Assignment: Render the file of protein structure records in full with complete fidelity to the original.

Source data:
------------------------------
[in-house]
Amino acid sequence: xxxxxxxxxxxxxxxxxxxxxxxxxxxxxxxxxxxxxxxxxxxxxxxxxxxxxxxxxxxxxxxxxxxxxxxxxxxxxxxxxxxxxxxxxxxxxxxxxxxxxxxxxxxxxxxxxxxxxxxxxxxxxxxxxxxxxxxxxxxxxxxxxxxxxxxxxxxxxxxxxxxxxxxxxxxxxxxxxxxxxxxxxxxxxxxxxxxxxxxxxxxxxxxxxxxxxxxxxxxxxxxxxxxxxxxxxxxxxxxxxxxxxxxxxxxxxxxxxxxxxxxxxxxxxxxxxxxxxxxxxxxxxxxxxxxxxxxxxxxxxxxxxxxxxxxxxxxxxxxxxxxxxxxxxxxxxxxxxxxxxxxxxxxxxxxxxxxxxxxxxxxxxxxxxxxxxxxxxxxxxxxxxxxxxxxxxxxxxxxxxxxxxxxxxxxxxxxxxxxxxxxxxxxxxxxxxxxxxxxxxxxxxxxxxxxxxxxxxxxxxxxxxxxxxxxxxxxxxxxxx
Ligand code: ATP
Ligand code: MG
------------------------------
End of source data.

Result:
[in-house]
Amino acid sequence: xxxxxxxxxxxxxxxxxxxxxxxxxxxxxxxxxxxxxxxxxxxxxxxxxxxxxxxxxxxxxxxxxxxxxxxxxxxxxxxxxxxxxxxxxxxxxxxxxxxxxxxxxxxxxxxxxxxxxxxxxxxxxxxxxxxxxxxxxxxxxxxxxxxxxxxxxxxxxxxxxxxxxxxxxxxxxxxxxxxxxxxxxxxxxxxxxxxxxxxxxxxxxxxxxxxxxxxxxxxxxxxxxxxxxxxxxxxxxxxxxxxxxxxxxxxxxxxxxxxxxxxxxxxxxxxxxxxxxxxxxxxxxxxxxxxxxxxxxxxxxxxxxxxxxxxxxxxxxxxxxxxxxxxxxxxxxxxxxxxxxxxxxxxxxxxxxxxxxxxxxxxxxxxxxxxxxxxxxxxxxxxxxxxxxxxxxxxxxxxxxxxxxxxxxxxxxxxxxxxxxxxxxxxxxxxxxxxxxxxxxxxxxxxxxxxxxxxxxxxxxxxxxxxxxxxxxxxxxxxxx
Ligand code: ATP
Ligand code: MG